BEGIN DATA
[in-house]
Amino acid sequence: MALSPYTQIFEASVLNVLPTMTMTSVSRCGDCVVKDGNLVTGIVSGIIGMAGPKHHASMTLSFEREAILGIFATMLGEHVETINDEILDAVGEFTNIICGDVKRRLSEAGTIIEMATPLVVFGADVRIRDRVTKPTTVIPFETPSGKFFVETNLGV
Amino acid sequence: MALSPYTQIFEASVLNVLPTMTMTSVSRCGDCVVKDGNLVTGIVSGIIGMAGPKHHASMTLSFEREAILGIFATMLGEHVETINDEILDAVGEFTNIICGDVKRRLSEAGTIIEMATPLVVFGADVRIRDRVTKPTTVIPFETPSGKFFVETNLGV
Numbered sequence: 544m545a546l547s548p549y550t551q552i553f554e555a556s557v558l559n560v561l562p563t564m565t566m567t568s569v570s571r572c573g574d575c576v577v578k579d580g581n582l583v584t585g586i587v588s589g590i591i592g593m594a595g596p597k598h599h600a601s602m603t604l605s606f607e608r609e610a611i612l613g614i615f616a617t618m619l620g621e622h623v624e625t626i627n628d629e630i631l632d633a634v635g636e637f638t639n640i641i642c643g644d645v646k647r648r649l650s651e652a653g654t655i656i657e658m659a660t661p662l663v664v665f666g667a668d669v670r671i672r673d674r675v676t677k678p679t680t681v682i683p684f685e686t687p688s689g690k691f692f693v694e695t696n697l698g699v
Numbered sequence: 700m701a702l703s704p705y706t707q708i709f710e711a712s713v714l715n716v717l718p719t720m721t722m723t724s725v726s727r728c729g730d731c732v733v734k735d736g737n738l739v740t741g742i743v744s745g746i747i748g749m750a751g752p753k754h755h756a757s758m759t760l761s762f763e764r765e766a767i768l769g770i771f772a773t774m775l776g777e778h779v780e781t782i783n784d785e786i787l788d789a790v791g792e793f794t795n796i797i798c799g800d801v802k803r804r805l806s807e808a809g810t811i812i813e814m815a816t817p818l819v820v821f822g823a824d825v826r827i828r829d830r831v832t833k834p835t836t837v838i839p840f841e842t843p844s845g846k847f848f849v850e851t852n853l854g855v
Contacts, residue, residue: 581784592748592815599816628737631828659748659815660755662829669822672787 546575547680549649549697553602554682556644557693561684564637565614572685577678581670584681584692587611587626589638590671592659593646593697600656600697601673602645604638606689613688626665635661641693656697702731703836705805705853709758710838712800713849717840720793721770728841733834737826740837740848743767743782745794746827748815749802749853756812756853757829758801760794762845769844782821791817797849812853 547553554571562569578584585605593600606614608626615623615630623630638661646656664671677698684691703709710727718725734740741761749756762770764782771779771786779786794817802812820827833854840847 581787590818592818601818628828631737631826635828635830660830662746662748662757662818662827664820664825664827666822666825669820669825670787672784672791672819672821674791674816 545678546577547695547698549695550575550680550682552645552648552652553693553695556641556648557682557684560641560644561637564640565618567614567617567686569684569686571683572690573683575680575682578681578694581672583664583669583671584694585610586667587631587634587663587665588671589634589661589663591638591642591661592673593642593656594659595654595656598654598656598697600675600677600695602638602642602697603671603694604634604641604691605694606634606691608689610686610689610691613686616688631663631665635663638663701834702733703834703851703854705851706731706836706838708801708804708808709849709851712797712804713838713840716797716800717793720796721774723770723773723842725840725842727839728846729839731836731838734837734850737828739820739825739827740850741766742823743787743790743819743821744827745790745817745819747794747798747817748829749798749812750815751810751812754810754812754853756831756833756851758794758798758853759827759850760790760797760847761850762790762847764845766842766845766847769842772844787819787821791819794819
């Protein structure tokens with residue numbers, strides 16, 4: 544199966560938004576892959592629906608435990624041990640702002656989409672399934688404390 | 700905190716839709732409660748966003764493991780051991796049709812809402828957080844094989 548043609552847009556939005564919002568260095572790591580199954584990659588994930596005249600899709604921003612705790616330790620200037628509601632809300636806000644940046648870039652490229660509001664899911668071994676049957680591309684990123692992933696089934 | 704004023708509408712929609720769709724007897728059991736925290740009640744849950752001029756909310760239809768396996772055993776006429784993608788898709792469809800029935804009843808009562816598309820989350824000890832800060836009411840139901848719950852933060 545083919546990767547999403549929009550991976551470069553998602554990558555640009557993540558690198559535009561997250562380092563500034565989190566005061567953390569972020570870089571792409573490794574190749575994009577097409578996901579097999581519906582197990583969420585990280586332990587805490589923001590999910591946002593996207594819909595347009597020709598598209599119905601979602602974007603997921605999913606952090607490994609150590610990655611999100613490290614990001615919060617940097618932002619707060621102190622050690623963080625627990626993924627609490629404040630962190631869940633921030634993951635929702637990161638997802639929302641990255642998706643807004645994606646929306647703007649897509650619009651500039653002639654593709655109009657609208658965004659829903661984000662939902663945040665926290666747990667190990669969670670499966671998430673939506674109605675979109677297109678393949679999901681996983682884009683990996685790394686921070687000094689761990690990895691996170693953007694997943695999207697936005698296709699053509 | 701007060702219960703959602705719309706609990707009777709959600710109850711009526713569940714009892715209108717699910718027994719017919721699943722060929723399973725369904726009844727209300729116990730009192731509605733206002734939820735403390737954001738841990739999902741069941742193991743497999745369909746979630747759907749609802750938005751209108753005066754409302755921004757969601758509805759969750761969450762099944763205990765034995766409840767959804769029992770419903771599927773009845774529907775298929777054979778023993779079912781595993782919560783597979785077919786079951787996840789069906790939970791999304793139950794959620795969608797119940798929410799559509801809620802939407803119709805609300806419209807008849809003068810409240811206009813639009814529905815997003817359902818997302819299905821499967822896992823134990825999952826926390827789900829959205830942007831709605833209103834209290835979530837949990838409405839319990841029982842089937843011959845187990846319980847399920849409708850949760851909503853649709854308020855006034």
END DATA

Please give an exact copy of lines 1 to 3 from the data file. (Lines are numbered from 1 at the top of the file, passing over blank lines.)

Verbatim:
[in-house]
Amino acid sequence: MALSPYTQIFEASVLNVLPTMTMTSVSRCGDCVVKDGNLVTGIVSGIIGMAGPKHHASMTLSFEREAILGIFATMLGEHVETINDEILDAVGEFTNIICGDVKRRLSEAGTIIEMATPLVVFGADVRIRDRVTKPTTVIPFETPSGKFFVETNLGV
Amino acid sequence: MALSPYTQIFEASVLNVLPTMTMTSVSRCGDCVVKDGNLVTGIVSGIIGMAGPKHHASMTLSFEREAILGIFATMLGEHVETINDEILDAVGEFTNIICGDVKRRLSEAGTIIEMATPLVVFGADVRIRDRVTKPTTVIPFETPSGKFFVETNLGV